The second strategy is to send periodic updates when certain events are fired. For example, we can send a network update that "Player 1" has pushed "Block 123" with a force of "1.5278". All this information will then be interpreted by Player 2's game which will update block physics for Player 2's game. The upside is that animations are smooth and all rendering is happening locally as opposed to relying on the server. The downside is that there is the potential for things to become out of sync if the physics calculations are off. This is the strategy we're going to use for now.


During development, levels are going to be defined as .json files. The structure of a level might look something like this.

  "name": "Passing By",
  "author": "Tom Lackemann",
  "difficulty": "easy",
  "grid": [8, 8],
  "exits": [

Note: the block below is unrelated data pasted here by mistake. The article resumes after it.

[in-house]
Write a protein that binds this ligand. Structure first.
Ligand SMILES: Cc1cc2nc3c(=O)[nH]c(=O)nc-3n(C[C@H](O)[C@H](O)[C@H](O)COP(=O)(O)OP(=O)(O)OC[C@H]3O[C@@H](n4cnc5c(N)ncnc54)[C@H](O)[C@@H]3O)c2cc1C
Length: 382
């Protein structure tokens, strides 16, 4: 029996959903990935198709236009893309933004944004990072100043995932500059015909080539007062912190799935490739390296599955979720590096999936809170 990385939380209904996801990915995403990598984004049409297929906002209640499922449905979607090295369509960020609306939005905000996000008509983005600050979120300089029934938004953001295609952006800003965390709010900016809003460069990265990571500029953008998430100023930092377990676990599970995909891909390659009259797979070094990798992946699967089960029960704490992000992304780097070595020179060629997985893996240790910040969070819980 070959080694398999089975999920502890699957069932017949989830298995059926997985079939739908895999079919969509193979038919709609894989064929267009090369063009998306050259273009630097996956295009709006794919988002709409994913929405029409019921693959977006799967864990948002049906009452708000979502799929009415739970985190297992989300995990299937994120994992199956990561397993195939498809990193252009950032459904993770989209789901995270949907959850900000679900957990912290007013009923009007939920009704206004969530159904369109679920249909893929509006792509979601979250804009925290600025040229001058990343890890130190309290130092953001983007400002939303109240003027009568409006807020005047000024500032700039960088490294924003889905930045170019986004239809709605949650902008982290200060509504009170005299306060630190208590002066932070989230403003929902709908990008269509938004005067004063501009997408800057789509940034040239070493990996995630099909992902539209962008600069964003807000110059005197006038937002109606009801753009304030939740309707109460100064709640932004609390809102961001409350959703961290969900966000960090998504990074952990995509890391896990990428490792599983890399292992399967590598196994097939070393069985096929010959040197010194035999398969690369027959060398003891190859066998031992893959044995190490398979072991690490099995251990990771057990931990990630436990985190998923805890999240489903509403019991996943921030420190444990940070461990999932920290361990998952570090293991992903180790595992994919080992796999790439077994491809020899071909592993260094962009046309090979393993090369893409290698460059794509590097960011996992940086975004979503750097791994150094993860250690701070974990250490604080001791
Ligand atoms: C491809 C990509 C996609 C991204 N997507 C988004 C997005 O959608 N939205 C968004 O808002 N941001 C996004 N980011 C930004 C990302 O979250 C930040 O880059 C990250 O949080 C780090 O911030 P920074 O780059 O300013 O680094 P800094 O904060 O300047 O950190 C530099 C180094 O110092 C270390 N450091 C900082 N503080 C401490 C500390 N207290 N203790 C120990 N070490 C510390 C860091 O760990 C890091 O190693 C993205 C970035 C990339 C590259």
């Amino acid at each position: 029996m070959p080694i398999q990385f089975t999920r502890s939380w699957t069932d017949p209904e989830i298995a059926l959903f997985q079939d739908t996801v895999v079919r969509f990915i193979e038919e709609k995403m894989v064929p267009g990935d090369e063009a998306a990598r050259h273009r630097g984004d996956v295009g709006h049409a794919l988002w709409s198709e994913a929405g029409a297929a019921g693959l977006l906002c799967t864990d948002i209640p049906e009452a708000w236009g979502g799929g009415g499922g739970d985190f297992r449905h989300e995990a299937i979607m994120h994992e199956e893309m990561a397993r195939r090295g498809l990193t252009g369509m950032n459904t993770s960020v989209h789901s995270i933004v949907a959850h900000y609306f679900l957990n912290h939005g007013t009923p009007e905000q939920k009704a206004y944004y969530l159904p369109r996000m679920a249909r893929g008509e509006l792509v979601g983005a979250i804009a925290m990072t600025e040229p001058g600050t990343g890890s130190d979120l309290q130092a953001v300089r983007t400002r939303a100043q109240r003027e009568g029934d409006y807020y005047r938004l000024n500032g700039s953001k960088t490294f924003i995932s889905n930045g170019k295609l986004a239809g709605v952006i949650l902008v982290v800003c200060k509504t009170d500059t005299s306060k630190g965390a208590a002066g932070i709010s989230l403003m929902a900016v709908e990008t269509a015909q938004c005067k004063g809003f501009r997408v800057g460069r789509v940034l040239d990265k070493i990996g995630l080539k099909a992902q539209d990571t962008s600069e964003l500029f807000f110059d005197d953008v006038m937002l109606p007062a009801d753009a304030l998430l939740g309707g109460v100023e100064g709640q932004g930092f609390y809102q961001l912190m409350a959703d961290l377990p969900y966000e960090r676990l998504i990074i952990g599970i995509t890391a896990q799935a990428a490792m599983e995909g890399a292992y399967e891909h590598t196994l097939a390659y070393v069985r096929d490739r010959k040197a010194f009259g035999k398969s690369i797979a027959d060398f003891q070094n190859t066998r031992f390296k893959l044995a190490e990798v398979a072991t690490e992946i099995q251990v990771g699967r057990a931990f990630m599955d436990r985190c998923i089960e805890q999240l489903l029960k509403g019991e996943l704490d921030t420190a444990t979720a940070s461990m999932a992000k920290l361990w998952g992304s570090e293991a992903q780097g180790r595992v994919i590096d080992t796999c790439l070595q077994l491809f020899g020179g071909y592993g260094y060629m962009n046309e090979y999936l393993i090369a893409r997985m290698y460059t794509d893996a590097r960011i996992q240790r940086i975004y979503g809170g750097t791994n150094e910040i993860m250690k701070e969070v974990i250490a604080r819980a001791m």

{ "size": [1,1], "xy": [0,4] },
    { "size": [1,1], "xy": [7,3] }
  "players": [
    { "size": [2,1], "xy": [6,4] },
    { "size": [2,1], "xy": [0,3] }
  "blocks": [
    { "size": [1,2], "xy": [2,2] },
    { "size": [1,2], "xy": [3,2] },

I like using JSON for a couple of reasons. For starters, it allows us a define a clear representation of our level that can be parsed by any programming language. If we wanted to write a level editor in the future (maybe), we can export or import any level with relative ease. JSON is also easy to read and understand. You might not know what the game looks like, but you can begin to piece together what it might look like.

Down the road it might make sense to store these levels in a database.

Wrapping Up

I've attempted to make video games before (several times in fact) but have always fell short of making progress for various reasons. I'm happy to undertake this as a serious side-project for now and can't wait to report on the learnings. In the coming series, I plan on diving into the API design, game structure, art assets, sound recording, and more. My goal is to ultimately learn from this experience but if someone else also learns something then I'll be ecstatic. Looking forward to getting started!

Cheers, Tom

Thomas Lackemann :)


Tom is the founder of Astral TableTop. He's a homebrewer, hiker, and has an about page. Follow @tlackemann on Twitter for more discussions like this.